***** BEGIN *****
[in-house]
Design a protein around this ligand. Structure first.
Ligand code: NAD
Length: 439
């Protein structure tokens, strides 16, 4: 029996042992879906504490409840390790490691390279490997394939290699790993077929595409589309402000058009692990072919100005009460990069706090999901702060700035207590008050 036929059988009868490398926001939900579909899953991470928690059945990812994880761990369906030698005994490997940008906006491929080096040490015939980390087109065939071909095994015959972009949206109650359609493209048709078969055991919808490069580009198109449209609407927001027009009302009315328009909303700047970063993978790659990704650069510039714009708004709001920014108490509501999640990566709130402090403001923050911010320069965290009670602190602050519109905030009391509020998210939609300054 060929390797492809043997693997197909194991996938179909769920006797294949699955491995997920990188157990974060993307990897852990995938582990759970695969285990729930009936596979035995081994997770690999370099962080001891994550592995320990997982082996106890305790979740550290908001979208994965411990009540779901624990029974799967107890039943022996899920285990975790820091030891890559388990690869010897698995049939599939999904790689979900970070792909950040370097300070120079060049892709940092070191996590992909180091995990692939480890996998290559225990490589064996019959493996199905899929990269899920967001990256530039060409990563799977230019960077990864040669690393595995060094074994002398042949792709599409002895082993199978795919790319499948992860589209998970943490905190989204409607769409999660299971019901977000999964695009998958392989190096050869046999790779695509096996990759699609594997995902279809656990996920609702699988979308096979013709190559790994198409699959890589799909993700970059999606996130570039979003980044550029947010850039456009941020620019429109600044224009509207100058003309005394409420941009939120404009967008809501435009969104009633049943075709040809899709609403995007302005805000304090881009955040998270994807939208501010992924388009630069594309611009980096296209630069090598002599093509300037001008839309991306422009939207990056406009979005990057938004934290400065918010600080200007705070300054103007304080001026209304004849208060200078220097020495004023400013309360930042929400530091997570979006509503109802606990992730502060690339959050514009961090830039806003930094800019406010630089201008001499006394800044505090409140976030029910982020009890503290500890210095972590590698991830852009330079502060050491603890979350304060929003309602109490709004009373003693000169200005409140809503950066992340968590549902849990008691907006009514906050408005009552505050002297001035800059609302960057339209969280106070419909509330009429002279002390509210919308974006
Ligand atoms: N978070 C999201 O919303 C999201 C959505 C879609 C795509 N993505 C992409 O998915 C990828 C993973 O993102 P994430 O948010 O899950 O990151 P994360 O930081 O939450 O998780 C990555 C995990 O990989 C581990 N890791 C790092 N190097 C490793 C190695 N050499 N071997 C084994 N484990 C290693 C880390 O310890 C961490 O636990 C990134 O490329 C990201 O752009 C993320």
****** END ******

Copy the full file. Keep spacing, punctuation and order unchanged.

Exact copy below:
[in-house]
Design a protein around this ligand. Structure first.
Ligand code: NAD
Length: 439
């Protein structure tokens, strides 16, 4: 029996042992879906504490409840390790490691390279490997394939290699790993077929595409589309402000058009692990072919100005009460990069706090999901702060700035207590008050 036929059988009868490398926001939900579909899953991470928690059945990812994880761990369906030698005994490997940008906006491929080096040490015939980390087109065939071909095994015959972009949206109650359609493209048709078969055991919808490069580009198109449209609407927001027009009302009315328009909303700047970063993978790659990704650069510039714009708004709001920014108490509501999640990566709130402090403001923050911010320069965290009670602190602050519109905030009391509020998210939609300054 060929390797492809043997693997197909194991996938179909769920006797294949699955491995997920990188157990974060993307990897852990995938582990759970695969285990729930009936596979035995081994997770690999370099962080001891994550592995320990997982082996106890305790979740550290908001979208994965411990009540779901624990029974799967107890039943022996899920285990975790820091030891890559388990690869010897698995049939599939999904790689979900970070792909950040370097300070120079060049892709940092070191996590992909180091995990692939480890996998290559225990490589064996019959493996199905899929990269899920967001990256530039060409990563799977230019960077990864040669690393595995060094074994002398042949792709599409002895082993199978795919790319499948992860589209998970943490905190989204409607769409999660299971019901977000999964695009998958392989190096050869046999790779695509096996990759699609594997995902279809656990996920609702699988979308096979013709190559790994198409699959890589799909993700970059999606996130570039979003980044550029947010850039456009941020620019429109600044224009509207100058003309005394409420941009939120404009967008809501435009969104009633049943075709040809899709609403995007302005805000304090881009955040998270994807939208501010992924388009630069594309611009980096296209630069090598002599093509300037001008839309991306422009939207990056406009979005990057938004934290400065918010600080200007705070300054103007304080001026209304004849208060200078220097020495004023400013309360930042929400530091997570979006509503109802606990992730502060690339959050514009961090830039806003930094800019406010630089201008001499006394800044505090409140976030029910982020009890503290500890210095972590590698991830852009330079502060050491603890979350304060929003309602109490709004009373003693000169200005409140809503950066992340968590549902849990008691907006009514906050408005009552505050002297001035800059609302960057339209969280106070419909509330009429002279002390509210919308974006
Ligand atoms: N978070 C999201 O919303 C999201 C959505 C879609 C795509 N993505 C992409 O998915 C990828 C993973 O993102 P994430 O948010 O899950 O990151 P994360 O930081 O939450 O998780 C990555 C995990 O990989 C581990 N890791 C790092 N190097 C490793 C190695 N050499 N071997 C084994 N484990 C290693 C880390 O310890 C961490 O636990 C990134 O490329 C990201 O752009 C993320």